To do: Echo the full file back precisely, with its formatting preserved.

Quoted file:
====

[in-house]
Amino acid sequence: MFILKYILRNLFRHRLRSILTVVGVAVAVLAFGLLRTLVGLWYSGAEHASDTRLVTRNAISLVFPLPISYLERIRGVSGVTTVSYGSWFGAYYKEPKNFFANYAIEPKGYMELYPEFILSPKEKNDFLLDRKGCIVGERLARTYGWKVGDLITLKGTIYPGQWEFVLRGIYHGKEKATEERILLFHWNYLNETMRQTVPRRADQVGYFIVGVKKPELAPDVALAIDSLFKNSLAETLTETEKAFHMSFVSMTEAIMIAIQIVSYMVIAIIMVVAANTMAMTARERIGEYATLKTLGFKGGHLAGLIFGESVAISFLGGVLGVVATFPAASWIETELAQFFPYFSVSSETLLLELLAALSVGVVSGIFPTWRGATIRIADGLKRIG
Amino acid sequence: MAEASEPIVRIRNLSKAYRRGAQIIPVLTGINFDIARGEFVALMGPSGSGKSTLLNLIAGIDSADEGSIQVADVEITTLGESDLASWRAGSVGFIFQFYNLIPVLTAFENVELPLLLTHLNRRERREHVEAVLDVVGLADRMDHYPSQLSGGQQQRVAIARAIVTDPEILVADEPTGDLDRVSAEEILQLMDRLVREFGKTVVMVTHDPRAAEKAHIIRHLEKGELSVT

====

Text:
[in-house]
Amino acid sequence: MFILKYILRNLFRHRLRSILTVVGVAVAVLAFGLLRTLVGLWYSGAEHASDTRLVTRNAISLVFPLPISYLERIRGVSGVTTVSYGSWFGAYYKEPKNFFANYAIEPKGYMELYPEFILSPKEKNDFLLDRKGCIVGERLARTYGWKVGDLITLKGTIYPGQWEFVLRGIYHGKEKATEERILLFHWNYLNETMRQTVPRRADQVGYFIVGVKKPELAPDVALAIDSLFKNSLAETLTETEKAFHMSFVSMTEAIMIAIQIVSYMVIAIIMVVAANTMAMTARERIGEYATLKTLGFKGGHLAGLIFGESVAISFLGGVLGVVATFPAASWIETELAQFFPYFSVSSETLLLELLAALSVGVVSGIFPTWRGATIRIADGLKRIG
Amino acid sequence: MAEASEPIVRIRNLSKAYRRGAQIIPVLTGINFDIARGEFVALMGPSGSGKSTLLNLIAGIDSADEGSIQVADVEITTLGESDLASWRAGSVGFIFQFYNLIPVLTAFENVELPLLLTHLNRRERREHVEAVLDVVGLADRMDHYPSQLSGGQQQRVAIARAIVTDPEILVADEPTGDLDRVSAEEILQLMDRLVREFGKTVVMVTHDPRAAEKAHIIRHLEKGELSVT